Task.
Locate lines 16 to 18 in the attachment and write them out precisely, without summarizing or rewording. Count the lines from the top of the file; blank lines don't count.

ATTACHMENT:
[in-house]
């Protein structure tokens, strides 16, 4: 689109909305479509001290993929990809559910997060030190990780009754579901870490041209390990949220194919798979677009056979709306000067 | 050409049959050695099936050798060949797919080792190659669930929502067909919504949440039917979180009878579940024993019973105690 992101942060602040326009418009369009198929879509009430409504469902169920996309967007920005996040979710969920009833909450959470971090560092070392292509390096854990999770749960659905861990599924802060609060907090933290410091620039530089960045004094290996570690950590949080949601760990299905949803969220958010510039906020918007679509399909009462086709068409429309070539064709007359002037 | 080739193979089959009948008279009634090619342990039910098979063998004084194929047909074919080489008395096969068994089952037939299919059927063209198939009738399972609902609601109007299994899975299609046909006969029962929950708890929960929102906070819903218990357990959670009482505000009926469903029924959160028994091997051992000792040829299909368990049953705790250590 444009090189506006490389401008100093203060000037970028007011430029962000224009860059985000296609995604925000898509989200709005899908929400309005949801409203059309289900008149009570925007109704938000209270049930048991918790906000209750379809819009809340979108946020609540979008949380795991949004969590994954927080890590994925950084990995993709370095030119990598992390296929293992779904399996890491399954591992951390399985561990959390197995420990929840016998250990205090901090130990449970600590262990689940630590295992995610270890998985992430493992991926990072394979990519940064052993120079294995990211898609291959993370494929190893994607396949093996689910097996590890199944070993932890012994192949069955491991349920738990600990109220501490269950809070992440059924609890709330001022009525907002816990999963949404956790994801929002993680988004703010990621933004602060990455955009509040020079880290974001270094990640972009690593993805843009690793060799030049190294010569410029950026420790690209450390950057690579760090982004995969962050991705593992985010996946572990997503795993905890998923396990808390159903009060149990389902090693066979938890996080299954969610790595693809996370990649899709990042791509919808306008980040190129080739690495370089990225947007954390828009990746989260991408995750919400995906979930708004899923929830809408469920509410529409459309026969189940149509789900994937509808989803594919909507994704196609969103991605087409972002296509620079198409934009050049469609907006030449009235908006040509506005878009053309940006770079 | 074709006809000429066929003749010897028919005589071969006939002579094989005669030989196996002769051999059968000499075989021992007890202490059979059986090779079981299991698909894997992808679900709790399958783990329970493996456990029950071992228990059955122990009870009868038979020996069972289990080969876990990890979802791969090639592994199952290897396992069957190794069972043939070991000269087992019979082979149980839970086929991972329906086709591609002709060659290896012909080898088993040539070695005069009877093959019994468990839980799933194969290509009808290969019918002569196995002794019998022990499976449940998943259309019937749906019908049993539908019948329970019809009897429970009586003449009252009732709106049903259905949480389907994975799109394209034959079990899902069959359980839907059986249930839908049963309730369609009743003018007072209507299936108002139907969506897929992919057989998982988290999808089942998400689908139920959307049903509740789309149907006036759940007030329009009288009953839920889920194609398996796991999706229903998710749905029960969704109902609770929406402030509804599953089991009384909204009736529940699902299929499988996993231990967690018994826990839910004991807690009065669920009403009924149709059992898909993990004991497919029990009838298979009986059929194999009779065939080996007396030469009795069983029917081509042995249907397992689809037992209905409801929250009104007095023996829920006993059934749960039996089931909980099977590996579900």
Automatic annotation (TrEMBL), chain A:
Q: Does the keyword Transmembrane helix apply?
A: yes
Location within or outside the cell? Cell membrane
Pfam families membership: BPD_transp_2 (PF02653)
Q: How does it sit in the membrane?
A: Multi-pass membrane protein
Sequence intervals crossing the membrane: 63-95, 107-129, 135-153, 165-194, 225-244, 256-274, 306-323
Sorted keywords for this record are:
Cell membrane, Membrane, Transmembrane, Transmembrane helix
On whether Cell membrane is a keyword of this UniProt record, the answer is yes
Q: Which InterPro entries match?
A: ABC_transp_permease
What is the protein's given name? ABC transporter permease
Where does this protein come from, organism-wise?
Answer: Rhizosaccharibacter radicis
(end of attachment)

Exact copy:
What is the protein's given name? ABC transporter permease
Where does this protein come from, organism-wise?
Answer: Rhizosaccharibacter radicis